Saturday, February 9, 2013

Eunice on the Gong Show





I am in awe of a TV show on HBO Sunday nights called Enlightened.  Created by Mike White and Laura Dern, and mostly written and directed by White, and starring Dern, the show is in its second season right now, and is so on-target and mystifyingly rich with meaning I often find myself remembering sequences and images from it all week long.  White has become a sort of  televisual Voltaire in his half-hour renderings of the life of Amy Jellicoe, a nobody who wants to be a somebody but who does not understand the odds are completely against her.  Not knowing this, however, allows Amy to move forward bravely and humiliatingly into realms and realities she craves to be a part of, but without the credentials and the smug know-how she sticks out like a homeless person in a palace.  Just her very presence, and the looks she gets from the people in almost every scene, satirizes the way the world works without one word. 

The series started with Amy having a major meltdown, going to Hawaii for rehab, getting majorly "enlightened" by self-help gurus and yoga, and then coming back to remake the world. Amy did not take into account that no one would want her to come back. Her place of business, Abaddon, Inc., a pharmaceutical mega-company, has allowed her a piss-ant position post-breakdown after she self-righteously threatened them with a law-suit. The first season mainly consisted of Amy trying very very hard to get back into the swing of things, while also hell-bent on showing the world how rotten it currently is and how she has seen the light and they will to if they listen to what she has to say.

Season 2 is much more plot-driven and incredibly watchable.  It has morphed into a subterfuge story in which Amy and a co-worker (played by White) hack into Abaddon's computer system to show the world Abaddon's vileness.  Enter Dermot Mulroney's Jeff, an accomplished, self-styled neo-muckraker from the LA Times.  Amy contacts him so they can blow the lid off of Abaddonn.  You know deep down Jeff is using Amy for everything she is worth, but Amy seems driven to be used, acting under the assumption that Jeff's reporting will transform her into the whistle-blowing savior of the universe, a superstar.

The satire caused by Amy's unending desire to be a part of "something" is deft and heart-wrenching. Case in point:  last week's episode, in which Amy attends an very upscale, wine-fueled fundraiser at a glassy, cream-colored Southern California mansion.  Invited by Jeff as a good will gesture, Amy arrives in her shitty little car, gets out, gives her key to the valet, and is automatically wowed by her surroundings.  Well-dressed rich shiny successful people drink from large-stemmed glasses, mulling around the spacious interiors and outside by the pool, all there to raise money for the poor.  The way this scene is shot you definitely understand that charity and poverty are the last things on these people's minds.  It's status-porn in action, everyone beaming and networking, with Amy goggle-eyed and open-mouthed, starstruck by the ritzy altruism, the swanky "we-care industry" on display.  As she walks up and tries to introduce herself to people, they look at her as if she has somehow stumbled in off a bus.  But she does not recognize the snobbery.  Her desire to be a part of the clean, sweet non-profit glamor overrides any sense of self-consciousness.  These are my people, her voice-over lets us know.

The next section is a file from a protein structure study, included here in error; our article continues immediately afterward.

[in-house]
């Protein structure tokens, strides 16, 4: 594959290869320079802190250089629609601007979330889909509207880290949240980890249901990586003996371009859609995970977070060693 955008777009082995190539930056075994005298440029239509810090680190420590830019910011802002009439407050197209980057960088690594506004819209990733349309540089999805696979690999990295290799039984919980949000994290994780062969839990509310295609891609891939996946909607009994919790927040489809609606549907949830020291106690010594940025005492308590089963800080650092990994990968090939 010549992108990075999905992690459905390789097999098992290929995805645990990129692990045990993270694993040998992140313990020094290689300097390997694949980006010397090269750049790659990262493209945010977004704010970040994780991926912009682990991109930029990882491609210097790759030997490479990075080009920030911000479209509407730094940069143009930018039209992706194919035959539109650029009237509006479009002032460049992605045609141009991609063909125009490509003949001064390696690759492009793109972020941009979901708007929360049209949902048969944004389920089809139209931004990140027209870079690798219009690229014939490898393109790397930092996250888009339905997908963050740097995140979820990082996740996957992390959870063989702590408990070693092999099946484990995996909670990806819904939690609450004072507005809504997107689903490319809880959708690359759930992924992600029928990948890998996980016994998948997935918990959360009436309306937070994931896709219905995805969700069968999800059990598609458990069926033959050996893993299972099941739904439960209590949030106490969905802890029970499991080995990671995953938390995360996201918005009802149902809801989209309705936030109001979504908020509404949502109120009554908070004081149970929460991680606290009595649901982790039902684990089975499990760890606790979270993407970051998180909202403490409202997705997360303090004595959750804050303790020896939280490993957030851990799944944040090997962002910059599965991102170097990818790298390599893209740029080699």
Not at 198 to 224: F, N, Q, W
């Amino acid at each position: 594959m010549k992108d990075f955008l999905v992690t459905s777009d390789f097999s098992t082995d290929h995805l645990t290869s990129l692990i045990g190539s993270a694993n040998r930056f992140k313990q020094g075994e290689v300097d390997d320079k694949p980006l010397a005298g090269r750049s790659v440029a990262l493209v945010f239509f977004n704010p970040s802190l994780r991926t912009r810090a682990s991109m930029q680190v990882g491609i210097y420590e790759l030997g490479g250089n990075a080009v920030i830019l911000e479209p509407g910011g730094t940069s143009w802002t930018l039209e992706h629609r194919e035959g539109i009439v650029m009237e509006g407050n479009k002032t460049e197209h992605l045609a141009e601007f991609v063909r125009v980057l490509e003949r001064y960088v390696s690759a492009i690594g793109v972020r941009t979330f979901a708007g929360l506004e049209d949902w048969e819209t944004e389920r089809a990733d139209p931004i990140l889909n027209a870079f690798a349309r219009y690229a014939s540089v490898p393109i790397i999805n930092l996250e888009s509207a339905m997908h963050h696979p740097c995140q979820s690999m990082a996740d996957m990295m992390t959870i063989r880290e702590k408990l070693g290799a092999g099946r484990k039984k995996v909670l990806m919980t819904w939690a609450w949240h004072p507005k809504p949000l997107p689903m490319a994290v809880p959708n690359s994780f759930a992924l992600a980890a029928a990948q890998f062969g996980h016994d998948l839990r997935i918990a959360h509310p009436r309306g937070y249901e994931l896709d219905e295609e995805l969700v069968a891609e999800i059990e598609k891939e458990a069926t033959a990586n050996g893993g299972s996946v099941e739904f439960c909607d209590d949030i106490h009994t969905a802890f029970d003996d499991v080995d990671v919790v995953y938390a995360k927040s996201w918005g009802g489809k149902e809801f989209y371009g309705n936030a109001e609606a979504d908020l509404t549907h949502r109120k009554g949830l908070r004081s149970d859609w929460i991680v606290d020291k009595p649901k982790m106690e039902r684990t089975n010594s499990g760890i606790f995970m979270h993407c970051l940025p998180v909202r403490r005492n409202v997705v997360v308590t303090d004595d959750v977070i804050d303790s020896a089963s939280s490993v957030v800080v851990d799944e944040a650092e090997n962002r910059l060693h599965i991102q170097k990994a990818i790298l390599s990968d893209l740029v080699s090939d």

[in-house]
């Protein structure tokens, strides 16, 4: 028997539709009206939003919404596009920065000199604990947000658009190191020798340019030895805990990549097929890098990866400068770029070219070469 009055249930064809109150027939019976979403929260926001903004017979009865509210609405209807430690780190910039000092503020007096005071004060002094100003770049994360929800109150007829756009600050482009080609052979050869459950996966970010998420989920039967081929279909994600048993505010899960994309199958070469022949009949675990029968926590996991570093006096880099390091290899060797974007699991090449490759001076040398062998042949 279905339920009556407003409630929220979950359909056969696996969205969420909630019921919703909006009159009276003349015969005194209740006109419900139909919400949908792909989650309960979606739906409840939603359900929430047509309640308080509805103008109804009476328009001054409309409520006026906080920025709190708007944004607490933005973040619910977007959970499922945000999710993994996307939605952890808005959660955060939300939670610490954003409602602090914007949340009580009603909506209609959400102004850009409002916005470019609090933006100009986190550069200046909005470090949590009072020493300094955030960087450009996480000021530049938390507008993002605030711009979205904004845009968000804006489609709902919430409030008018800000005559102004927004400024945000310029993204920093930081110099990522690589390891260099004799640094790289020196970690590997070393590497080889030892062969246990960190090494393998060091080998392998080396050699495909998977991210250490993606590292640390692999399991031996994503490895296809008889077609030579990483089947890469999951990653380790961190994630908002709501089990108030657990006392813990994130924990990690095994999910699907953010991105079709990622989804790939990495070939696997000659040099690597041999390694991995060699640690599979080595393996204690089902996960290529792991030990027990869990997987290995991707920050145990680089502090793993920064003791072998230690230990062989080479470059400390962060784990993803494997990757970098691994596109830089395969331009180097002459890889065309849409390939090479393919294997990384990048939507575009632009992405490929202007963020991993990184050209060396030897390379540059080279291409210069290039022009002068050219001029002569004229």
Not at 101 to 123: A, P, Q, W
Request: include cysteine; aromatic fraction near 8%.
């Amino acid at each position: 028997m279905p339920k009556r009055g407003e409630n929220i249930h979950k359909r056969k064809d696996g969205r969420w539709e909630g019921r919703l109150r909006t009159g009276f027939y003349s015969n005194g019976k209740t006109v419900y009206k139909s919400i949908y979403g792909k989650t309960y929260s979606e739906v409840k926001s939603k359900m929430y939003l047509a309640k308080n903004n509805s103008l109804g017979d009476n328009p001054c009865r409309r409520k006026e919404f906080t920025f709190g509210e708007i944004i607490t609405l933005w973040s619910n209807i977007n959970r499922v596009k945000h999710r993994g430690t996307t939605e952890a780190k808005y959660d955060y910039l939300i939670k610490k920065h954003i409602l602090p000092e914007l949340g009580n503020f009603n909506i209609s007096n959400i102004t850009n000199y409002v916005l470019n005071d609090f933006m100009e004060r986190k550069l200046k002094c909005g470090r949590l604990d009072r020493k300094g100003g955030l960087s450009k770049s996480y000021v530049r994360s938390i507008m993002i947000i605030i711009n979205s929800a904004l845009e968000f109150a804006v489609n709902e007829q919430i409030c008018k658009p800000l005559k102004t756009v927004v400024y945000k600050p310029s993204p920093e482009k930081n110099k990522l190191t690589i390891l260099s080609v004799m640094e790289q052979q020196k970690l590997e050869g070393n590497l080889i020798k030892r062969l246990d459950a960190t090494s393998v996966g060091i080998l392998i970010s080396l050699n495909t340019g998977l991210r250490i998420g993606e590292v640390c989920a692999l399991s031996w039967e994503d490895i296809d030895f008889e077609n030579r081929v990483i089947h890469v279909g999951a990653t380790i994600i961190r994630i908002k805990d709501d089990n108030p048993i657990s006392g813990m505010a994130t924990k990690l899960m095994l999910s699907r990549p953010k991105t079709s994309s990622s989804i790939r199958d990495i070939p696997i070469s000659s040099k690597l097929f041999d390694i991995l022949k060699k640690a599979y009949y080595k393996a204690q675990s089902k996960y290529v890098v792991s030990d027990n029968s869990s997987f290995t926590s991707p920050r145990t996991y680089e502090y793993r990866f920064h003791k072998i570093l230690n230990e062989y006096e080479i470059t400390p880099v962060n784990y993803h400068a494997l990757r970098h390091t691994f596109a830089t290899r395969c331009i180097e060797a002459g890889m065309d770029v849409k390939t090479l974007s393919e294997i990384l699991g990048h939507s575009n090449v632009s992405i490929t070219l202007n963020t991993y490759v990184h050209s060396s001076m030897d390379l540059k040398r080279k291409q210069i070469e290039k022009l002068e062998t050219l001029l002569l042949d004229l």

As she curtsies at the site of such splendor I kept thinking about Carol Burnett's finest creation, Eunice Higgins, the loudest and angriest member of the white-trash family sketch that appeared regularly on The Carol Burnett Show back in the day.  Eunice and Amy have a lot in common.  They are caricatures that somehow blossom into tragic figures without losing their comedic/sardonic energy.  Dern has the same go-for-broke elegance as Burnett.  Burnett and Dern also have the agility and c oncentration to allow Eunice and Amy to be both satirical flourishes and cries from the heart simultaneously.  You can't seperate the comedy from the tragedy; they fuel each other. 

While Eunice may be a Southern Gothic harpy, Amy is a Southern California wannabe.  Still their desires for fame and glamor overlap, and both their faces exhibit a hunger that far outshines the situation of ther lives.  At one point, Eunice goes on The Gong Show (back in 1976).  The whole sketch is about how awful her rendition of "Feelings" is, but she tries so hard and practices so diligently in front of Mama and Ed (wonderfully portrayed by Vickie Lawrence and Harvey Korman), that it is obvious her Gong Show appearance has become Eunice's only way out, an obsession that has overtaken her life, just like the Abaddonn-whistle-blowing has taken over Amy's.  And when Eunice appears on The Gong Show, sings her horrible little song, and is summarily gonged by  Jamie Farr, Allan Ludden and Jaye P Morgan, there's a moment of pure unadulterated tragedy.  Eunice just stands there.  The lights go out.  Her image shrinks and dissolves.  Right at that moment she realizes how meaningless her journey has been, and how she will have to return to herself and her family.  She realizes right then that there is no way out. 

I'm sure that moment is waiting on Amy.  But I also have a feeling it may not be so tragic.  The genius of Enlightened is not only its poignant use of parody but also how it is hellbent on championing someone like Amy.  She's annoying and self-involved and just plain wretched a lo of the time, but she also always seems innocent, and just about the only person in the room worth talking to.